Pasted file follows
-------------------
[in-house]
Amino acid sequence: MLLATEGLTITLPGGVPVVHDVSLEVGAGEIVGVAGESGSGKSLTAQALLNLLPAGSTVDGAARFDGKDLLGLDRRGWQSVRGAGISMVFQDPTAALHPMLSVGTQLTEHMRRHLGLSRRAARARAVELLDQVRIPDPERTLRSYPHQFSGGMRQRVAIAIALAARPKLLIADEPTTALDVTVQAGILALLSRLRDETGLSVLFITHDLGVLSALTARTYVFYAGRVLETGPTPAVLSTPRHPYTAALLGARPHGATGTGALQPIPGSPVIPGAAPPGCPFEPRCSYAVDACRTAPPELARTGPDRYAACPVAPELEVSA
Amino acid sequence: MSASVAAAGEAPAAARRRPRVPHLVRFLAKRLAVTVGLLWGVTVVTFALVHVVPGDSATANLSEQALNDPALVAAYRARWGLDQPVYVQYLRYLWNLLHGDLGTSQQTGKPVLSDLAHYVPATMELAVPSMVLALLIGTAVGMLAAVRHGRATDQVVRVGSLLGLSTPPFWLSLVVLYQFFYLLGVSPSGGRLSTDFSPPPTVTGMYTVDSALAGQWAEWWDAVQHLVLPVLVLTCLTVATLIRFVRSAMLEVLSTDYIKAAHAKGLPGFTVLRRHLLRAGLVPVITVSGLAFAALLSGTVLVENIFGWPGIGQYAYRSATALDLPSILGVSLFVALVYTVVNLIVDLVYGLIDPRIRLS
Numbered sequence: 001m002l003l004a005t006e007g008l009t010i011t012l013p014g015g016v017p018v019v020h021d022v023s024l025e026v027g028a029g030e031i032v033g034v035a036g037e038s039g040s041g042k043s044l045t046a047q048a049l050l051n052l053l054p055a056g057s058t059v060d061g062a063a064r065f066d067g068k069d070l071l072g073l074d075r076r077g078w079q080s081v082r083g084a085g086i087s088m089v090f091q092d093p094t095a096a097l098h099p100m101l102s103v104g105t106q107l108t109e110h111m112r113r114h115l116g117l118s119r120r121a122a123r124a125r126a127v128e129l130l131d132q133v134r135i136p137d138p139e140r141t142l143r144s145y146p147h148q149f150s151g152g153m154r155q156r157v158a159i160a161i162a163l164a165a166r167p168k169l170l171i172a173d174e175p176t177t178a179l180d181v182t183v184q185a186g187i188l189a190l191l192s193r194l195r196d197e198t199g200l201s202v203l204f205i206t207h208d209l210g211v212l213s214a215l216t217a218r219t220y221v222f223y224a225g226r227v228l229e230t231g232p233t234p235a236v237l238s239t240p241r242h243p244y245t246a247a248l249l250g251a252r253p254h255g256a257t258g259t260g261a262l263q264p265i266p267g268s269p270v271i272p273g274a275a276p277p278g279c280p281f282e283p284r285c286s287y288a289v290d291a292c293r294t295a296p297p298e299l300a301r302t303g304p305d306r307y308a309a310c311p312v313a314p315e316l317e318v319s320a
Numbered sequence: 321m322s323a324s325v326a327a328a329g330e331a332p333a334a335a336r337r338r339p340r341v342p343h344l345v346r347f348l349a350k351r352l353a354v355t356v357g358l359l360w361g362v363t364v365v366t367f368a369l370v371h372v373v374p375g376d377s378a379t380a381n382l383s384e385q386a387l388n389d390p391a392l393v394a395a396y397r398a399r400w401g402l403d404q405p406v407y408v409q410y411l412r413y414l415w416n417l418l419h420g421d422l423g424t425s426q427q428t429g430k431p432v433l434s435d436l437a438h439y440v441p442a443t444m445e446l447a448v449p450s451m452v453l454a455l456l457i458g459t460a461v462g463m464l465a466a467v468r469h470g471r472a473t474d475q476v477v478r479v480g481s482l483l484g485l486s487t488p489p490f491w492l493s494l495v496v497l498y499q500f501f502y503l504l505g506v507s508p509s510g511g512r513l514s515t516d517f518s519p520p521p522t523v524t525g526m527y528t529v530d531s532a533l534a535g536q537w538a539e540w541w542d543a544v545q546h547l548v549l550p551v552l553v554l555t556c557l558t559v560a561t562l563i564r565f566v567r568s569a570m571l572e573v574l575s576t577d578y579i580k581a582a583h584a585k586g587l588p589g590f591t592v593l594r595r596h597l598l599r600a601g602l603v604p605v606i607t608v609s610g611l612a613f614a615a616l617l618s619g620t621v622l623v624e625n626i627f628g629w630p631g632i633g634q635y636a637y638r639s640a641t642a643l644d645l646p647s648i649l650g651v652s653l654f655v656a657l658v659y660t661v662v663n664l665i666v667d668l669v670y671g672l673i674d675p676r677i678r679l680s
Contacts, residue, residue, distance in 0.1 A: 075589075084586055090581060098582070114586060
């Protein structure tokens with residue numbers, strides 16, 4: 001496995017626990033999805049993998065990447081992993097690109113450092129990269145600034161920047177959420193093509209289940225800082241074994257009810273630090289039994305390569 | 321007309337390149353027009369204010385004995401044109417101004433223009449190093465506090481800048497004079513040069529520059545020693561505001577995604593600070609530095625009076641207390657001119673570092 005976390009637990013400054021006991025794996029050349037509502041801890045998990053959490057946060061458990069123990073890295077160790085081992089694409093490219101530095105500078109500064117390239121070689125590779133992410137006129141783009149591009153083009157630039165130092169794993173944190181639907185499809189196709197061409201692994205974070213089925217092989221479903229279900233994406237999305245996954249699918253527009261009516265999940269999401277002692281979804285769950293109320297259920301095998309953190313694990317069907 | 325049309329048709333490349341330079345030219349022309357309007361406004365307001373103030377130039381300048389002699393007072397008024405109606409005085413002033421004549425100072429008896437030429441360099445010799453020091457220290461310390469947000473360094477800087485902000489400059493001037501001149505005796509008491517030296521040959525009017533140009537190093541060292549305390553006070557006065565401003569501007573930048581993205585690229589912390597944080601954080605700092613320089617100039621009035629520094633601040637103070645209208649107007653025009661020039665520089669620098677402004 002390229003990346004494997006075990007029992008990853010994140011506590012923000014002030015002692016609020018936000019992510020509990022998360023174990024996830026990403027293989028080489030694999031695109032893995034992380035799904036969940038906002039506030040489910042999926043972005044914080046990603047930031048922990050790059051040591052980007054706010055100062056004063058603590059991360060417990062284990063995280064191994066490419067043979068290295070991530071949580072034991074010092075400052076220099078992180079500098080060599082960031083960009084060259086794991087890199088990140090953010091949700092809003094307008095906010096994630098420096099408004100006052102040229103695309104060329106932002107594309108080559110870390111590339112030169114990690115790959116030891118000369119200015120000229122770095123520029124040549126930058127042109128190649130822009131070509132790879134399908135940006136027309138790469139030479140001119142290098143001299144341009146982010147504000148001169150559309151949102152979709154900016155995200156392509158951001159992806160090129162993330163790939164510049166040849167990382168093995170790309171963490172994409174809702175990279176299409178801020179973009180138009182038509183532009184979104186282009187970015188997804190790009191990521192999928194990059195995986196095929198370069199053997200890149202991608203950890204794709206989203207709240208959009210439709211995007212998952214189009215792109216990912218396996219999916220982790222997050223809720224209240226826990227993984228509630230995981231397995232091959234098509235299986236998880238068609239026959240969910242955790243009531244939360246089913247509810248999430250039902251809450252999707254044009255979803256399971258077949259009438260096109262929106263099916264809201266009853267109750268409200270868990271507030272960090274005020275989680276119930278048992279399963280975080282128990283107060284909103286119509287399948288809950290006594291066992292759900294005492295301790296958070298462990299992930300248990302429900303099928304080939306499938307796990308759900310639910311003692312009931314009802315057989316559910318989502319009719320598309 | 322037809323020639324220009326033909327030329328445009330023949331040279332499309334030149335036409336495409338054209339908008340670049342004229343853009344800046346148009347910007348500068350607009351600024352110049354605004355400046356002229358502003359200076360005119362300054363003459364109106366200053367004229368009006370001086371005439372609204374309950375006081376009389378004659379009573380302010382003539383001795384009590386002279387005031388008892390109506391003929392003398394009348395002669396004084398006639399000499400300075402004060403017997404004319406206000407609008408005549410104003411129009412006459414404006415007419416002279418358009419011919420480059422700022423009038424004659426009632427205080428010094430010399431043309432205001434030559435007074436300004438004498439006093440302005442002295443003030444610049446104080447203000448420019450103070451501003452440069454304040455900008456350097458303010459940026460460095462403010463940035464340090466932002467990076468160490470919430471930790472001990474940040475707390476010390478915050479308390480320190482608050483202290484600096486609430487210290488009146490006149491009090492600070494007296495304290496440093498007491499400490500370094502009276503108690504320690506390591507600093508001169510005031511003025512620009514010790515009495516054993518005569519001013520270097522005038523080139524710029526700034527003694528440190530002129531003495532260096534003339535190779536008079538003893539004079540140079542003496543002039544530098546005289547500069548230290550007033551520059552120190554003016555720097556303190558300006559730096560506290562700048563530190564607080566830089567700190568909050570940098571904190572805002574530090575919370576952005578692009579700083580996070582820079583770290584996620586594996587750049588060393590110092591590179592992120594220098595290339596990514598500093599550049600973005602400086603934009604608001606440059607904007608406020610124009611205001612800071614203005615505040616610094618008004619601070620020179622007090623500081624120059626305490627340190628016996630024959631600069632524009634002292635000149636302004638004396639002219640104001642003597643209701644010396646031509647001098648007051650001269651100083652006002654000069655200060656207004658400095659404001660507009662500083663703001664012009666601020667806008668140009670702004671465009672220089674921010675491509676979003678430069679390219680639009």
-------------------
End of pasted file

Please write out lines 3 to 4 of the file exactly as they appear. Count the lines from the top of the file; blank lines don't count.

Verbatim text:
Amino acid sequence: MSASVAAAGEAPAAARRRPRVPHLVRFLAKRLAVTVGLLWGVTVVTFALVHVVPGDSATANLSEQALNDPALVAAYRARWGLDQPVYVQYLRYLWNLLHGDLGTSQQTGKPVLSDLAHYVPATMELAVPSMVLALLIGTAVGMLAAVRHGRATDQVVRVGSLLGLSTPPFWLSLVVLYQFFYLLGVSPSGGRLSTDFSPPPTVTGMYTVDSALAGQWAEWWDAVQHLVLPVLVLTCLTVATLIRFVRSAMLEVLSTDYIKAAHAKGLPGFTVLRRHLLRAGLVPVITVSGLAFAALLSGTVLVENIFGWPGIGQYAYRSATALDLPSILGVSLFVALVYTVVNLIVDLVYGLIDPRIRLS
Numbered sequence: 001m002l003l004a005t006e007g008l009t010i011t012l013p014g015g016v017p018v019v020h021d022v023s024l025e026v027g028a029g030e031i032v033g034v035a036g037e038s039g040s041g042k043s044l045t046a047q048a049l050l051n052l053l054p055a056g057s058t059v060d061g062a063a064r065f066d067g068k069d070l071l072g073l074d075r076r077g078w079q080s081v082r083g084a085g086i087s088m089v090f091q092d093p094t095a096a097l098h099p100m101l102s103v104g105t106q107l108t109e110h111m112r113r114h115l116g117l118s119r120r121a122a123r124a125r126a127v128e129l130l131d132q133v134r135i136p137d138p139e140r141t142l143r144s145y146p147h148q149f150s151g152g153m154r155q156r157v158a159i160a161i162a163l164a165a166r167p168k169l170l171i172a173d174e175p176t177t178a179l180d181v182t183v184q185a186g187i188l189a190l191l192s193r194l195r196d197e198t199g200l201s202v203l204f205i206t207h208d209l210g211v212l213s214a215l216t217a218r219t220y221v222f223y224a225g226r227v228l229e230t231g232p233t234p235a236v237l238s239t240p241r242h243p244y245t246a247a248l249l250g251a252r253p254h255g256a257t258g259t260g261a262l263q264p265i266p267g268s269p270v271i272p273g274a275a276p277p278g279c280p281f282e283p284r285c286s287y288a289v290d291a292c293r294t295a296p297p298e299l300a301r302t303g304p305d306r307y308a309a310c311p312v313a314p315e316l317e318v319s320a